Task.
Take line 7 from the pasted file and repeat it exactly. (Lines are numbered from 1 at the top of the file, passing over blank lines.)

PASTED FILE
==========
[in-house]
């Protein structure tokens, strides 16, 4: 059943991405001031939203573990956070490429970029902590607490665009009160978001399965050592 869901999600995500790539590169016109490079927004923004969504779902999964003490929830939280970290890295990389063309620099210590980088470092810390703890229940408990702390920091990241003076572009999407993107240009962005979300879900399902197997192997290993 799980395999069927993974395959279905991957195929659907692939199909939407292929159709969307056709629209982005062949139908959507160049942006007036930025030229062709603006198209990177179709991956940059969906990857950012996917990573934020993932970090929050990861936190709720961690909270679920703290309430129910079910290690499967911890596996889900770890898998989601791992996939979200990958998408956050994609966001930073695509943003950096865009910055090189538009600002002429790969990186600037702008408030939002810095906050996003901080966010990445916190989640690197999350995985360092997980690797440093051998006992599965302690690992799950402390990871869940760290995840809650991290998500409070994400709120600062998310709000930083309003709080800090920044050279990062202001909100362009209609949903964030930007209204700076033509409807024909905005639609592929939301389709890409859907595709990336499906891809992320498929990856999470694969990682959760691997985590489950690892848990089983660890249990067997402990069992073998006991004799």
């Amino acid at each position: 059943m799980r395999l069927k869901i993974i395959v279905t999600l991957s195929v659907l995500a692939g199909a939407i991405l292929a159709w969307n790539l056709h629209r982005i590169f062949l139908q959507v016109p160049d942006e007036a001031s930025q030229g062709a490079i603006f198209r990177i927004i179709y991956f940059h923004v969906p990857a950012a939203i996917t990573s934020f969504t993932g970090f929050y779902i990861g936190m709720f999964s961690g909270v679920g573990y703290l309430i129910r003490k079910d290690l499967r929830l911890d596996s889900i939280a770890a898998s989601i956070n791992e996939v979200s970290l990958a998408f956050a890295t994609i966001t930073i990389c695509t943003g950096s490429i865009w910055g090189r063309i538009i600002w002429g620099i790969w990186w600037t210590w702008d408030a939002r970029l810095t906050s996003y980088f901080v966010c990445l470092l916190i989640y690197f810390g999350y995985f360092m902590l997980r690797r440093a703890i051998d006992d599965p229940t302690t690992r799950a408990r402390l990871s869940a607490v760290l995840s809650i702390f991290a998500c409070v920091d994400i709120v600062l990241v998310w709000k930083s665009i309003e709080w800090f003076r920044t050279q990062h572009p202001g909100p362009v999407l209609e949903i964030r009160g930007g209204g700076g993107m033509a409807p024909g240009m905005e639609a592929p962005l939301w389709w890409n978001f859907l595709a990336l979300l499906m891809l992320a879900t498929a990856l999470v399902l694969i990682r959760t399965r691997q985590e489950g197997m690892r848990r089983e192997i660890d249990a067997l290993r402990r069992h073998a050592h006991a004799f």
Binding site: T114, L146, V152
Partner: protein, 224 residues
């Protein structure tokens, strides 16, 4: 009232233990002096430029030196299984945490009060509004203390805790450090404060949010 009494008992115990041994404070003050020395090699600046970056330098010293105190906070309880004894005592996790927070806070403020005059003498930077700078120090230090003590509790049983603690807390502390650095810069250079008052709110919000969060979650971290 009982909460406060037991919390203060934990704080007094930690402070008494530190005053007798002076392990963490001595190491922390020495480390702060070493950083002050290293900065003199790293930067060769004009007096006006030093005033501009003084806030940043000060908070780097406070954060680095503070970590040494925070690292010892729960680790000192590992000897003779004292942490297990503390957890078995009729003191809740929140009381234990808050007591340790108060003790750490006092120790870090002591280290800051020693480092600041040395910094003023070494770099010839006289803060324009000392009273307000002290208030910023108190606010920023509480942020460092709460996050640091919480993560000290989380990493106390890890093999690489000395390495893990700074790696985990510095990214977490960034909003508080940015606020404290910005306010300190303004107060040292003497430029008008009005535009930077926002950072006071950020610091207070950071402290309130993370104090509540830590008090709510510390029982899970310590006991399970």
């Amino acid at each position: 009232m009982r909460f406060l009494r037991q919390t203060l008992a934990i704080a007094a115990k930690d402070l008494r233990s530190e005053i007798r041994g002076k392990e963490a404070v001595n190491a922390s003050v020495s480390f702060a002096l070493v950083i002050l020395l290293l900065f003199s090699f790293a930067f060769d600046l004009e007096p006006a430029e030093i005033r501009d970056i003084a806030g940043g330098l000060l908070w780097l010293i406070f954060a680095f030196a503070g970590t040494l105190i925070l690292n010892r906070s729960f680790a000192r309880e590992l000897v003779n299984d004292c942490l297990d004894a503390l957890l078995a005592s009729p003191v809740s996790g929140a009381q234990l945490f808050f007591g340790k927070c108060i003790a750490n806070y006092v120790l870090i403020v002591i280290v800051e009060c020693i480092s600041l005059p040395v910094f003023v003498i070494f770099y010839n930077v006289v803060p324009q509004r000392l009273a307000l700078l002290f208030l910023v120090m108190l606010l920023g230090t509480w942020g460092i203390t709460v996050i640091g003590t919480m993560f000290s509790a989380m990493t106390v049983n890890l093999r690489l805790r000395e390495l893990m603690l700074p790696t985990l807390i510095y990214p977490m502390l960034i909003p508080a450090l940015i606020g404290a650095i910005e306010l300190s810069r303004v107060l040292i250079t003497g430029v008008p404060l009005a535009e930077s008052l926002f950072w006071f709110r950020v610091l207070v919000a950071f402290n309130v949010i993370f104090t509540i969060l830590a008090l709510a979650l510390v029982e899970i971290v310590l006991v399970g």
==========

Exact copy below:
């Amino acid at each position: 009232m009982r909460f406060l009494r037991q919390t203060l008992a934990i704080a007094a115990k930690d402070l008494r233990s530190e005053i007798r041994g002076k392990e963490a404070v001595n190491a922390s003050v020495s480390f702060a002096l070493v950083i002050l020395l290293l900065f003199s090699f790293a930067f060769d600046l004009e007096p006006a430029e030093i005033r501009d970056i003084a806030g940043g330098l000060l908070w780097l010293i406070f954060a680095f030196a503070g970590t040494l105190i925070l690292n010892r906070s729960f680790a000192r309880e590992l000897v003779n299984d004292c942490l297990d004894a503390l957890l078995a005592s009729p003191v809740s996790g929140a009381q234990l945490f808050f007591g340790k927070c108060i003790a750490n806070y006092v120790l870090i403020v002591i280290v800051e009060c020693i480092s600041l005059p040395v910094f003023v003498i070494f770099y010839n930077v006289v803060p324009q509004r000392l009273a307000l700078l002290f208030l910023v120090m108190l606010l920023g230090t509480w942020g460092i203390t709460v996050i640091g003590t919480m993560f000290s509790a989380m990493t106390v049983n890890l093999r690489l805790r000395e390495l893990m603690l700074p790696t985990l807390i510095y990214p977490m502390l960034i909003p508080a450090l940015i606020g404290a650095i910005e306010l300190s810069r303004v107060l040292i250079t003497g430029v008008p404060l009005a535009e930077s008052l926002f950072w006071f709110r950020v610091l207070v919000a950071f402290n309130v949010i993370f104090t509540i969060l830590a008090l709510a979650l510390v029982e899970i971290v310590l006991v399970g």